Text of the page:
Data poverty and inequality
There are a number of ways of defining poverty, no single definition is recognised universally. The Joseph Rowntree Foundation (2022) suggests there are three levels of poverty:
In the UK, poverty affects millions of people. They may be unable to heat their home, pay their rent or buy the essentials for their children. It can result in marginalisation and discrimination as a result of their financial circumstances, depriving people of the chance to participate fully in society.
The causes of poverty are multifaceted, reducing a person's resources or increasing their needs along with the costs of meeting them. Some causes can also be consequences, creating a vicious cycle that is difficult to get out of.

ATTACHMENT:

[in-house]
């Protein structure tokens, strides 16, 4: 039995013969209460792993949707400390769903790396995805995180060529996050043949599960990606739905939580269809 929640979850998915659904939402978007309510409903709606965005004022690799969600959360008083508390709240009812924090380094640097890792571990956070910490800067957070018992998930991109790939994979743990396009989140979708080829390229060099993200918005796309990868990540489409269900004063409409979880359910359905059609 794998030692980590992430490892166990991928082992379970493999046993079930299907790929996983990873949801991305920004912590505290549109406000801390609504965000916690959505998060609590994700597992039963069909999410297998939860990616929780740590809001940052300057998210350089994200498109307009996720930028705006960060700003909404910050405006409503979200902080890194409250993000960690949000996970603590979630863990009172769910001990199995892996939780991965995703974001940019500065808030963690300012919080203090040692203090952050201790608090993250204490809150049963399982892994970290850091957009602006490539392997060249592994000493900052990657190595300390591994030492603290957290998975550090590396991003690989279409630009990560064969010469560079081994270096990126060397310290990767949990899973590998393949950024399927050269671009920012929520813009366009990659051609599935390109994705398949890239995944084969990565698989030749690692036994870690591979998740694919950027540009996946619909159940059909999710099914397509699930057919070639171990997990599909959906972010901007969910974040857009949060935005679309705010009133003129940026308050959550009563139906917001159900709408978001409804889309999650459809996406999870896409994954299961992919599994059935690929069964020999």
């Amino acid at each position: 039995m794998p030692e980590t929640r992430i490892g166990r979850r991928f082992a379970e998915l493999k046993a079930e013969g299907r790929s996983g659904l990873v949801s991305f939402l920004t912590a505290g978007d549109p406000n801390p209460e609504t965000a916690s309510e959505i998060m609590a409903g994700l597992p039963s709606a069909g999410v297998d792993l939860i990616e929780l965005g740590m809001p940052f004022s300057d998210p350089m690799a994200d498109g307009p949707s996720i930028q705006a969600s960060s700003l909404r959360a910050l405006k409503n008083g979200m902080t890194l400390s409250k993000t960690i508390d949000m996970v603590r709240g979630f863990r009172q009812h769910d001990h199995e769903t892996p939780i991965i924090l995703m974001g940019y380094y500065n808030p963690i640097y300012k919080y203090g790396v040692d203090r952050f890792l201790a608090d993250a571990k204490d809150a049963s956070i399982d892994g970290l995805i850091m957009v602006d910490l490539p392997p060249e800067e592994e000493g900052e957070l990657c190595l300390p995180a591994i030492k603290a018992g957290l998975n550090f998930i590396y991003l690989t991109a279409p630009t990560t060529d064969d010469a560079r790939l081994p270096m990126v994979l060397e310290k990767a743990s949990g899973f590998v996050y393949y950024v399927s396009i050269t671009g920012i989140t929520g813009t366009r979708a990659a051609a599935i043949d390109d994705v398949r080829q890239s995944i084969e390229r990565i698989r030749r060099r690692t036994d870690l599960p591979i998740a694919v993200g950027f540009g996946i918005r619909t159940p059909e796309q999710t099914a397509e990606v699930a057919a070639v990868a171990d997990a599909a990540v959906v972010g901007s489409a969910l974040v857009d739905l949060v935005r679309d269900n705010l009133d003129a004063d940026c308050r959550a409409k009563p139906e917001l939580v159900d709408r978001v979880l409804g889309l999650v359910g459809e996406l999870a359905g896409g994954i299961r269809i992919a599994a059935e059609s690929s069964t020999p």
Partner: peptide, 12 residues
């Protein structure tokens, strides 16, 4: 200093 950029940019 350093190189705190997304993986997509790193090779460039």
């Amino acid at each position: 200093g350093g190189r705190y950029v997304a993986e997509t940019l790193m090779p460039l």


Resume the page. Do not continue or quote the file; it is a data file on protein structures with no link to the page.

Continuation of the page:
Poverty can be defined in other ways besides having a low household income. Another approach used considers if a household is materially deprived, meaning that they lack the ability to access key goods or services (House of Commons Library, 2021). Data poverty is defined by Lucas et al (2020) as ‘Individuals, households or communities who cannot afford sufficient, private and secure mobile or broadband data to meet their essential needs’.
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